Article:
On almost every film and video project I work on, actors ask me to get clips of their work for their reels. Actors are wise to constantly update their reels—or at least have the material on hand. However, it seems like there is a lot of misunderstanding on both sides about when and how clips can be provided. So I thought it might help actors and producers to clarify this. Also, I do have a secret way to pretty much ensure you’ll get all the clips you reasonably need.
“I just read an interview you gave some years ago. I wish I’d read it before I started making my own movie! I’m turning a short play into a film. It takes place in two rooms with five actors and we’re making it on a shoestring.
My question is this — What can I do to bring out the best in one of my actors who has less training/experience (…and it’s obvious)? I cast him too hastily, on someone’s recommendation, and now I’m not sleeping well. There is no turning back on my shooting schedule–my DP and lead are already committed to other projects. I know, stop whining and be glad I have the opportunity, right? Any ideas on what I can do to make the best out of this situation?”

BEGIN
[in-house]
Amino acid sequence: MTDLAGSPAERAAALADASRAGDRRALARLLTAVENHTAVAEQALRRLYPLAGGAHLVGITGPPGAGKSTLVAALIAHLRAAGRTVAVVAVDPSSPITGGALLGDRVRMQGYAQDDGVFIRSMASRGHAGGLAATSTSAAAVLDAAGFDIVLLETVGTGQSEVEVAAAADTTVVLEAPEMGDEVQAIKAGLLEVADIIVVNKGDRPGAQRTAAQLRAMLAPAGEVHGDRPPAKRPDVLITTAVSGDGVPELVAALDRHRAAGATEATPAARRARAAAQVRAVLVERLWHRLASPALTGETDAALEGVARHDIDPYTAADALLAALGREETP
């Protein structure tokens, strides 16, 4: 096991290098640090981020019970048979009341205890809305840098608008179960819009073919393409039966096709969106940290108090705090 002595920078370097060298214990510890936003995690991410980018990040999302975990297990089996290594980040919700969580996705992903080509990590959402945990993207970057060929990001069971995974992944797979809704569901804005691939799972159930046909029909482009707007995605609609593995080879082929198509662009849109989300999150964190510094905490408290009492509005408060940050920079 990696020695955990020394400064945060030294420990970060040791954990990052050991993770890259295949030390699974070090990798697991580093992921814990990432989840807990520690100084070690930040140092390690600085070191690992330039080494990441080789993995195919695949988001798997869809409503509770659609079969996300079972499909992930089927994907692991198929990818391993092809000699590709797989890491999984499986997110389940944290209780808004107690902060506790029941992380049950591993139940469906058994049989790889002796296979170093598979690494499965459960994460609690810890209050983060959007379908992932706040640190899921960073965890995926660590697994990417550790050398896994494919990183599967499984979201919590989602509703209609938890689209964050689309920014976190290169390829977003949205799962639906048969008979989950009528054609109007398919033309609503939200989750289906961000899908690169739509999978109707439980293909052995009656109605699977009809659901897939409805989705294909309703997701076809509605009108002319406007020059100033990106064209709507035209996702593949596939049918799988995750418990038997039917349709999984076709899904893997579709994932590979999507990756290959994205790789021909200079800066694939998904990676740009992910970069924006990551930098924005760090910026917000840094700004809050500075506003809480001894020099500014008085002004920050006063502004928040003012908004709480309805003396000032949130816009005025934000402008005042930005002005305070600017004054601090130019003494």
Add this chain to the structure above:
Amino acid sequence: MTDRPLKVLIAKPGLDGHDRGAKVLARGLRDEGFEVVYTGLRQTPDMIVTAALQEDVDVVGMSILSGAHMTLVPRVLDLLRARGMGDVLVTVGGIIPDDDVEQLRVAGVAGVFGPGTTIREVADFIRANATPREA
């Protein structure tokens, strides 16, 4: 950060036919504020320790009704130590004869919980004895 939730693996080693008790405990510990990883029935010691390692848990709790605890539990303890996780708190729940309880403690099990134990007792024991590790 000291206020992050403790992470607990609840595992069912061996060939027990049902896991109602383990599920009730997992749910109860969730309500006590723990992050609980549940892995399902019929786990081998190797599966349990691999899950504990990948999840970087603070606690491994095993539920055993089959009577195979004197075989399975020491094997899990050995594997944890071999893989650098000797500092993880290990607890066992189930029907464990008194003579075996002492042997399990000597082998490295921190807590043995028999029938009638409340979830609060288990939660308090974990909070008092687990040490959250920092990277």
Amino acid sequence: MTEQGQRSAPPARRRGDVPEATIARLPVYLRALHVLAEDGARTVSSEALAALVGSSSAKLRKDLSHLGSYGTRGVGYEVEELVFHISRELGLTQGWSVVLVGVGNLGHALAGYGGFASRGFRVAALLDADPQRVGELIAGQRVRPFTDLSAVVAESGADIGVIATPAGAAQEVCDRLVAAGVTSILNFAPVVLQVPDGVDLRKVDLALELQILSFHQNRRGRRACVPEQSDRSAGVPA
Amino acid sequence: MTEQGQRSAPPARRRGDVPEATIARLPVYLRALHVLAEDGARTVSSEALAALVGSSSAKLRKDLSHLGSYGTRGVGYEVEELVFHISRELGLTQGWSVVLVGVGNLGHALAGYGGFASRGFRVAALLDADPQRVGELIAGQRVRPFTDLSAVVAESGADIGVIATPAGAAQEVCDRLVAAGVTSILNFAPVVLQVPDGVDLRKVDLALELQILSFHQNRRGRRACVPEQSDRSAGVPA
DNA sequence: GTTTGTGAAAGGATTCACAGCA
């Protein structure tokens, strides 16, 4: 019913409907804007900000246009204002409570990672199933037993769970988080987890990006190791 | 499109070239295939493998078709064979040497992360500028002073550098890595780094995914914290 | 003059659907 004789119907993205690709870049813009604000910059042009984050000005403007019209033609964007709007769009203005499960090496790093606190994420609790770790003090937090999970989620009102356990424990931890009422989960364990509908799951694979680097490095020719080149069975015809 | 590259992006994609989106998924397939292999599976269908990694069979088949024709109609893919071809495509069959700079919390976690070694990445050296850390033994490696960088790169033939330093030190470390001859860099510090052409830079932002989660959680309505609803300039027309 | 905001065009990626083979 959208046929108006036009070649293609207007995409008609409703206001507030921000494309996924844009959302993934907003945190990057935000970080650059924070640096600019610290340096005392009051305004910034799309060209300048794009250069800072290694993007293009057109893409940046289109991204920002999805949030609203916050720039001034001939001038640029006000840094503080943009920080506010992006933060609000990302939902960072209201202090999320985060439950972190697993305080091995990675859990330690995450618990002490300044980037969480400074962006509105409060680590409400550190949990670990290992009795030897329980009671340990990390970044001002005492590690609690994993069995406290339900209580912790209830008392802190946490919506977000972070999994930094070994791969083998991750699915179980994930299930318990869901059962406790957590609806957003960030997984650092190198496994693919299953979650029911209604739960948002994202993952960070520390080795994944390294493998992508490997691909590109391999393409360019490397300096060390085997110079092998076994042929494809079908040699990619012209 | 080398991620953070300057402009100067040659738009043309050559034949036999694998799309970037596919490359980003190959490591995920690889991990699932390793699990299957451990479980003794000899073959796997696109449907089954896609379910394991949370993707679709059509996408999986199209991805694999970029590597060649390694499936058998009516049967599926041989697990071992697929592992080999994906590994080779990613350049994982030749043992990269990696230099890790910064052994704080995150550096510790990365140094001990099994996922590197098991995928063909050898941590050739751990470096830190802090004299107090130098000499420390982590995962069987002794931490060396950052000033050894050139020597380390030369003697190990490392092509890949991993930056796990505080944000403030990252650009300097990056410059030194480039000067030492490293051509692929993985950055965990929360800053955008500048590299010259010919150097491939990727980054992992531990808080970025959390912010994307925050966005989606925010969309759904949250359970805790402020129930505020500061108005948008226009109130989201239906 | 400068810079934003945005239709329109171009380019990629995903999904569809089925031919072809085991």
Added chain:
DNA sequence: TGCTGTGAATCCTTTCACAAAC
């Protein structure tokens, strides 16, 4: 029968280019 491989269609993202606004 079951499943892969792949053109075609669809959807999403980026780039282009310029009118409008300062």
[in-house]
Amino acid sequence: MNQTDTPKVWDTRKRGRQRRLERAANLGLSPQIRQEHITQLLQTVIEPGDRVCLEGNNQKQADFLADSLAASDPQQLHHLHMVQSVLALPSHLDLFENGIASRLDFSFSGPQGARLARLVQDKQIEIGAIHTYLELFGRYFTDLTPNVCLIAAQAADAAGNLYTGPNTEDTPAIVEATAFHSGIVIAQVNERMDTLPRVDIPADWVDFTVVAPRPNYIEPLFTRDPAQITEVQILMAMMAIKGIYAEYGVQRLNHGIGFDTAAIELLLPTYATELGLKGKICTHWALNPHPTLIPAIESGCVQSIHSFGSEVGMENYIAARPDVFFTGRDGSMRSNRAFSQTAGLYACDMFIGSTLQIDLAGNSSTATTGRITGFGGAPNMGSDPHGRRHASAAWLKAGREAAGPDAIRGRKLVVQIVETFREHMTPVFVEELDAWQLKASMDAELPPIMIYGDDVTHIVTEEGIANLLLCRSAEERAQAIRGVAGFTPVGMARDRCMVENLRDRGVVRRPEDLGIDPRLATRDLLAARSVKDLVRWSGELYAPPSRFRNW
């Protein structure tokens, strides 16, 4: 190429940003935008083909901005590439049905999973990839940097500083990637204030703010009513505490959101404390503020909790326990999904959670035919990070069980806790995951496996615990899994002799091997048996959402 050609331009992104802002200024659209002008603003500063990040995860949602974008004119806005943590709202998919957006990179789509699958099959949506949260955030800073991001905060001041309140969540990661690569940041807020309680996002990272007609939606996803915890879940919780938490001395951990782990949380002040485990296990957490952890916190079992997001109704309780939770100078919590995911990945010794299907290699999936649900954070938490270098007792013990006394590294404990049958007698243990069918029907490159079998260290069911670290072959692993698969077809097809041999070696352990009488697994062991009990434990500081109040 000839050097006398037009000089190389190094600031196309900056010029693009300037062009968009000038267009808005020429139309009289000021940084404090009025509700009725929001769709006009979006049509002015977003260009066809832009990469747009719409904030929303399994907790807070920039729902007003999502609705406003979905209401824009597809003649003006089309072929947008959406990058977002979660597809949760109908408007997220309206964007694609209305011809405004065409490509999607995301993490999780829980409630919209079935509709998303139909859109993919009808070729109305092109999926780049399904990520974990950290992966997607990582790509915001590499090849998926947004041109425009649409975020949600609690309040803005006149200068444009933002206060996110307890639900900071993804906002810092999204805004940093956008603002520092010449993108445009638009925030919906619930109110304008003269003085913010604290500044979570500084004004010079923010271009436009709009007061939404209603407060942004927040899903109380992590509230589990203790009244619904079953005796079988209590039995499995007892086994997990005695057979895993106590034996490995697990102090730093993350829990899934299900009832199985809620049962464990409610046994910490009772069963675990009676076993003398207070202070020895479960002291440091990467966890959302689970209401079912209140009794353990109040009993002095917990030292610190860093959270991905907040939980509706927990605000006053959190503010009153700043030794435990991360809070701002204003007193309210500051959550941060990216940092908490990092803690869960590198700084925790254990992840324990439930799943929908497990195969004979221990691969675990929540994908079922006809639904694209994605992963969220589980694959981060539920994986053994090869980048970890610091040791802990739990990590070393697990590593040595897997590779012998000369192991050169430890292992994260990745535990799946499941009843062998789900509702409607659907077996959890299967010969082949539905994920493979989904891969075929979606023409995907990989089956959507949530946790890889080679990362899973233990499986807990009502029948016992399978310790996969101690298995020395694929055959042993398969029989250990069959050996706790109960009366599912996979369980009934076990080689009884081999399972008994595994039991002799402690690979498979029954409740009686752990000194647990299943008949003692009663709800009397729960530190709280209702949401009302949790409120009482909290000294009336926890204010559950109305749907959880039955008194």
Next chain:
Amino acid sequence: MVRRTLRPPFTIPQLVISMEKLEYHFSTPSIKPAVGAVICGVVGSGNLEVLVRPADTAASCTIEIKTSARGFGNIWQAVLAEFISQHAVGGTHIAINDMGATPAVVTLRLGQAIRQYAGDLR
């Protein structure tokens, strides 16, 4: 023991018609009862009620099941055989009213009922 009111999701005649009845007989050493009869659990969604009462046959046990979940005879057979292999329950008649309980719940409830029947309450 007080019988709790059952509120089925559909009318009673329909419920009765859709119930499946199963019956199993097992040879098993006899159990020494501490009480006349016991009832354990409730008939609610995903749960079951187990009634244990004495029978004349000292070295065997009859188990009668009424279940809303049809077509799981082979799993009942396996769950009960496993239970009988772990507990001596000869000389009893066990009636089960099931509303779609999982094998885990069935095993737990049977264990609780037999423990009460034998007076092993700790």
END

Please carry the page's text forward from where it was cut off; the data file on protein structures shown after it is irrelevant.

– (name withheld by request)
Thanks for your question. I wish you the very best with your film. I know what you mean about getting a lot of people to come together on a shoestring (or no string at all) to make a film. I’ve been there. Many great films have been made that way, so you’re in good company.
One thing I’ve learned is that two elements make or break any film: script and performance. Just about everything else we do as filmmakers is about maximizing these. So if you know you’re going in that an actor in your cast really isn’t up to snuff, then you really aren’t serving your film by keeping him in it. Your best option is to recast the part immediately. I suspect that deep down, you know this is true but it’s hard to actually do. Tough! It’s your film–the hard decisions fall on you.